We’re very excited to announce that we’ve been busily working away to improve Code Club’s existing HTML & CSS curriculum! One of the key developments is the use of Trinket, a coding environment which allows children to create web pages online.
We hope that using Trinket will help to overcome some previous challenges facing children in our clubs, enabling them to easily build web pages without installing any software, or encountering any of the restrictions sometimes associated with programming on a locked-down school network.
Trinket also makes it possible for our Code Clubbers to share their creations, giving them an audience for their work, and helping them to see the relevance and importance of the things they’re creating. You can now preview our first three new HTML projects on our website, with lots more projects being created in time for the start of the new school year in September.
To help give you all a greater sense of how Trinket works, and the fab ideas behind it, we spoke to Elliott Hauser, the organization’s CEO, so he could tell us all about it…
Hi Elliott! We’re so pleased that you created this awesome coding environment – we think it’s amazing! Could you tell us a bit about what exactly Trinket is, and how it works?
Hi and thanks for having me as an interviewee! I get to do interviews of lots of awesome educators for the trinket blog but this is the first time I can remember being subject of one.
Trinket is an in-browser coding environment designed for education – a tool that lets you write, run, and share programs or websites. These tools are one of the most fundamental things that can take a student from familiarity with code to the kind of confidence and excitement that will set them on the path to mastery.
There really aren’t great easy-to-use coding tools designed for the needs of teachers and learners, though, and so we took inspiration from projects like Scratch and built Trinket. Whereas Scratch is a coding environment for block-based languages, at Trinket we support text-based languages. We’re the next step, so to speak, for students who want to move on after starting with Scratch blocks.
What did you do before starting Trinket?
I was an Art History major as an undergraduate and was quite turned off by the one computer science course I took at that time. It wasn’t until later in life that I forced myself to learn to code, mostly because I saw that all the neat things I was interested in required coding skills.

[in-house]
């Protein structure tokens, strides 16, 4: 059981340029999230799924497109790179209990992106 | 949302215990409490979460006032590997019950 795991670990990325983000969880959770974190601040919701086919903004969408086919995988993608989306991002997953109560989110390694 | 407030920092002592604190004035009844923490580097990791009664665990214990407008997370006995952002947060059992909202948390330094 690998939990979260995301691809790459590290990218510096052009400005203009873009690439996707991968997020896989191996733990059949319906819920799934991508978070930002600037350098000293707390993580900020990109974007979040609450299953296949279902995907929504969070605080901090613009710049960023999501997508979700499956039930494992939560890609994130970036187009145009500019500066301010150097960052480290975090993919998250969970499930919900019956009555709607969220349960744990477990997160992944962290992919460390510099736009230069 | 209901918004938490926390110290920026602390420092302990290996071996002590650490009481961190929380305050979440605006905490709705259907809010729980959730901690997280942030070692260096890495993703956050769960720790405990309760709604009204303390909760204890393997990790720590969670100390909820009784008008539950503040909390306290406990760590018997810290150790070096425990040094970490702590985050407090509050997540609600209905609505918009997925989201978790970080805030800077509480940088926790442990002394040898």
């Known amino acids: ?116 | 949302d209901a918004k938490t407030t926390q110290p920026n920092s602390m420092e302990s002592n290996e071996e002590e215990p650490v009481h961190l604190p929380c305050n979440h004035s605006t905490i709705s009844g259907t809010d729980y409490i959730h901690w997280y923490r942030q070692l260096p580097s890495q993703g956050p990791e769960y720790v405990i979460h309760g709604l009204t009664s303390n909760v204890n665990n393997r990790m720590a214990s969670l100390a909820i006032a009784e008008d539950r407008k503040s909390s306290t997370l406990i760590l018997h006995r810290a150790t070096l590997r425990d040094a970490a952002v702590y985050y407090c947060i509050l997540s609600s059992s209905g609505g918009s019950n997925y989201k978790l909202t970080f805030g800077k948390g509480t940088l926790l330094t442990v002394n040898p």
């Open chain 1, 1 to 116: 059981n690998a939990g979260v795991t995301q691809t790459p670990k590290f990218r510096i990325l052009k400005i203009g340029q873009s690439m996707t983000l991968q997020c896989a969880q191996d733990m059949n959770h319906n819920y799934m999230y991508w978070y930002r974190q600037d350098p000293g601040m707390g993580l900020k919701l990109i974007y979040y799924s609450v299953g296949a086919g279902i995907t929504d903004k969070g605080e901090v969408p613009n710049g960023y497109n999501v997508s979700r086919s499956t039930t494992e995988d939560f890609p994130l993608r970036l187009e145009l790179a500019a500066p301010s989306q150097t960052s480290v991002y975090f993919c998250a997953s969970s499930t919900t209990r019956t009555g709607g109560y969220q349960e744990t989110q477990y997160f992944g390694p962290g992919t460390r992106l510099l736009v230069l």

I went to graduate school for Information Science and had the opportunity to share my hard-won knowledge of programming with other students through a teaching fellowship. I’ve always loved teaching but I discovered a true passion when I got to teach my own courses in programming. I tried to help other students who had missed the ‘on-ramp’ to computing find their own understanding and excitement for it. And many of my former students are now working in the tech industry, which is incredibly gratifying.
Do other organisations apart from Code Club use Trinket? Is it just used for learning HTML coding, or are there wider uses?
We’re very fortunate to have partners and classrooms using us around the world. There are several large edX courses using us as their preferred editor.
Code Club’s new projects use the HTML Trinket. We’ve had an amazing response to releasing it, but it’s still quite new. I think that Code Club’s projects are the deepest use of the HTML capabilities we have, so I’m very excited that they’ll soon be in participants’ hands… My favorite part of Trinket is seeing how teachers and students are using us to code in class.
If our volunteers are interested to learn more, how can they get in touch?
We’re on twitter as @trinketapp. From within a free trinket account it’s always easy to get in touch with us- just use the question mark button and the message will come right into our messaging system and we’ll get back to you as soon as the time difference allows. And, finally, if you have direct comments, questions or feedback, volunteers can feel free to email our team at firstname.lastname@example.org or me personally at email@example.com.
We’re especially interested in talking with any schools in the UK who are interested in adopting trinket for their entire student bodies. We’re piloting this with US schools now and would love feedback on some of the new features we’re building for organizations.